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MYcenaean SOcial BIOarchaeology: Deciphering the interplay of funerary treatment and social dynamics in the Mycenaean period

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Ancient Mycenaeans give up their secrets to those who can hear them

The Bronze Age of the prehistoric Aegean, between the 3rd and 2nd millennium BC, is one of the most fascinating periods in European history, seeing the rise and fall of the first civilisations on European ground: the Minoan and Mycenaean. The latter has been the focus of the research conducted by the MYSOBIO project.


This period witnessed the rise and fall of the first civilisations in Europe, the Minoans and Mycenaeans, both of which left a significant mark on the Aegean. “This was a time of technological and cultural advances, extensive international trade that reached far beyond the Aegean, and general prosperity,” says principal researcher Ioanna Moutafi, whose work in MYSOBIO was funded by the EU’s Marie Skłodowska-Curie Actions programme. She explains that archaeological evidence and the texts of Linear B tablets suggest that this was a complex hierarchical society. Such societies often leave clues behind them in the form of burial practices. With the aim of adding to our knowledge of Mycenaean culture, Moutafi’s research took a holistic approach to the study of the bones in their archaeological context. “We try to give the people, who lived thousands of years ago, back their voices, allowing them to share their stories, their experiences, even their emotions. By looking at the skeletons, and what they can tell us about their age, health, gender and status, we can learn about how these people lived and how they were treated by the living at the time of death,” adds Moutafi, who conducted her research at the University of Cambridge in the United Kingdom.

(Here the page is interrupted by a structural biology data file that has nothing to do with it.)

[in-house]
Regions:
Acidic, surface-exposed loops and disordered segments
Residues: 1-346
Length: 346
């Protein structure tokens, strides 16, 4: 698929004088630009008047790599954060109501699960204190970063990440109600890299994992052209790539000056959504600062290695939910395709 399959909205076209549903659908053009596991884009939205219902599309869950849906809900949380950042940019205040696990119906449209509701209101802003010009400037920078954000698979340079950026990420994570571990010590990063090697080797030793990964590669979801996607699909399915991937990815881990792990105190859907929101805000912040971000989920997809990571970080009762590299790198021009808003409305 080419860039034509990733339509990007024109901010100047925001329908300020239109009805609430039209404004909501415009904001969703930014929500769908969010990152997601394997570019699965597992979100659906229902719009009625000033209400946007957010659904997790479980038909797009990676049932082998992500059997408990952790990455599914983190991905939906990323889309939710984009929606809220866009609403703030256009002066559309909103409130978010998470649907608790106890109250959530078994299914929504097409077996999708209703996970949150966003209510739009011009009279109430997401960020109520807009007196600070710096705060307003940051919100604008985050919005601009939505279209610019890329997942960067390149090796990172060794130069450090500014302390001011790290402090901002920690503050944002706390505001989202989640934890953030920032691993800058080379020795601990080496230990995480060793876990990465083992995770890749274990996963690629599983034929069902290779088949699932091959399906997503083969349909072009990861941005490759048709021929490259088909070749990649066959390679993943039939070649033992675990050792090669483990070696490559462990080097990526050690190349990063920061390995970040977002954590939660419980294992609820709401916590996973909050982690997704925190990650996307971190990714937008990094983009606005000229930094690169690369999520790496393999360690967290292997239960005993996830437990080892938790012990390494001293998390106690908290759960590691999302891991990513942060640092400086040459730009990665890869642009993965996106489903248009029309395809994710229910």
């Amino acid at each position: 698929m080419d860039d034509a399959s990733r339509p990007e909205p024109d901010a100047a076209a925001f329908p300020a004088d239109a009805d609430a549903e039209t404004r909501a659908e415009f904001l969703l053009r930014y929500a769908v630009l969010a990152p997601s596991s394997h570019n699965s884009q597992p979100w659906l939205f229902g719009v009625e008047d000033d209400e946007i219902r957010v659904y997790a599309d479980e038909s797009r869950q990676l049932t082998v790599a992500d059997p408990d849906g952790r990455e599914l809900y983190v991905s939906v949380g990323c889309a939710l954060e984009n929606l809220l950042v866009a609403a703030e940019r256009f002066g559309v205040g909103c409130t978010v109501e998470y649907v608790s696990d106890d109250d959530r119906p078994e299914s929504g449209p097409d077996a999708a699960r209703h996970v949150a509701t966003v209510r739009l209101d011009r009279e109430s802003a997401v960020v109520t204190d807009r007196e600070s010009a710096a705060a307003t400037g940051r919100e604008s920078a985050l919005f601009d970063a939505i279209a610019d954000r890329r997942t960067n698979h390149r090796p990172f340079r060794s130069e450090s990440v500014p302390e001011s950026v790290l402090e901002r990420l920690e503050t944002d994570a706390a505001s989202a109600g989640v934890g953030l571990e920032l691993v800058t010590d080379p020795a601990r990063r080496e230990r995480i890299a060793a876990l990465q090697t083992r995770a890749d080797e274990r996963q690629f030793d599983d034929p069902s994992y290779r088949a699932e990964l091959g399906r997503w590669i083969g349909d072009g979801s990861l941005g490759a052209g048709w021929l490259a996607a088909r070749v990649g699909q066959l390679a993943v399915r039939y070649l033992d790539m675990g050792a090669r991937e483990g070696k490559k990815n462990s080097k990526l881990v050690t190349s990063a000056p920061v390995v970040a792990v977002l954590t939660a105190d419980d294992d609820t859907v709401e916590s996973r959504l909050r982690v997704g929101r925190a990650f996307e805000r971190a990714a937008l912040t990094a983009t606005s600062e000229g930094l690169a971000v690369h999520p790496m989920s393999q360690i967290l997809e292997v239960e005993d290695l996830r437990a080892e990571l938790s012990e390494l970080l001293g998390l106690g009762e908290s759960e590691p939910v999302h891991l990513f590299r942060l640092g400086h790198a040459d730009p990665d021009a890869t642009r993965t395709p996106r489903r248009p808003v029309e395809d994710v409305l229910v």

Diversity of funerary practices reflect societal complexities

Moutafi discovered a couple found in the Early Mycenaean habitation of Ayios Vasileios, in Laconia, were buried together in an embrace that lasted millennia. “When we found them, our first response was to think of young lovers, of a Mycenaean Romeo and Juliet. To our great surprise, an even more heart-warming discovery awaited us: the lab analysis revealed that they were both in their 40s, which was a good age for that time.” She also notes evidence of children being buried with great care, of bones being kept, to be buried later with adults close by, perhaps the parents. Until recently, explains Moutafi, ancient burial practices were only discussed on the basis of material culture, such as the type of graves and the grave goods that accompanied the dead. “The skeletons and the treatment of the human body were either left out of the discussion or very generally addressed. This resulted in rather monolithic and homogeneous views of burial practices, and a neglect of the meaningful variation in funerary treatment,” Moutafi explains.

Harnessing diverse disciplines to better understand the past

Bioarchaeology brings together traditional archaeology and osteology, along with new techniques borrowed from forensic and digital sciences. Combining bioarchaeology with funerary taphonomy and archaeogenetics enabled the project to develop some ideas of the social developments that led to the emergence, consolidation and final transformation of the Mycenaean civilisation. “Burial practices play a very important role in building social cohesion, and maintain, or even create, a common identity for the people who share them. The shift of emphasis between individual and collective notions in burial treatment is key to understanding social tendencies at a given time,” she notes. When the power of the great palaces was at its height, there was an emphasis on social cohesion and the sense of a common identity. When the society was more turbulent, individual prowess was commemorated. These finds, combined with the results of palaeopathological analysis and some slight increase in conflict evidence, suggest that, among other factors, internal social tensions, rather than direct outside pressures, played a central role in the demise of the Mycenaean palaces. But MYSOBIO was not just conducted in the field and lab. Moutafi has been busy communicating her findings. She has given 18 academic presentations and been invited to lecture in international conferences and academic institutions in six different European countries and the United States. “The response was always enthusiastic. Building on the fascination that human skeletal remains exert on the public, I believe that similar approaches will have a strong impact on heritage development. They could initiate a change in the way we manage mortuary sites and communicate archaeological finds to the public,” she adds.


MYSOBIO, Mycenaeans, bioarchaeology, burial practices, skeletons, archaeogenetics, Mycenaean civilisation

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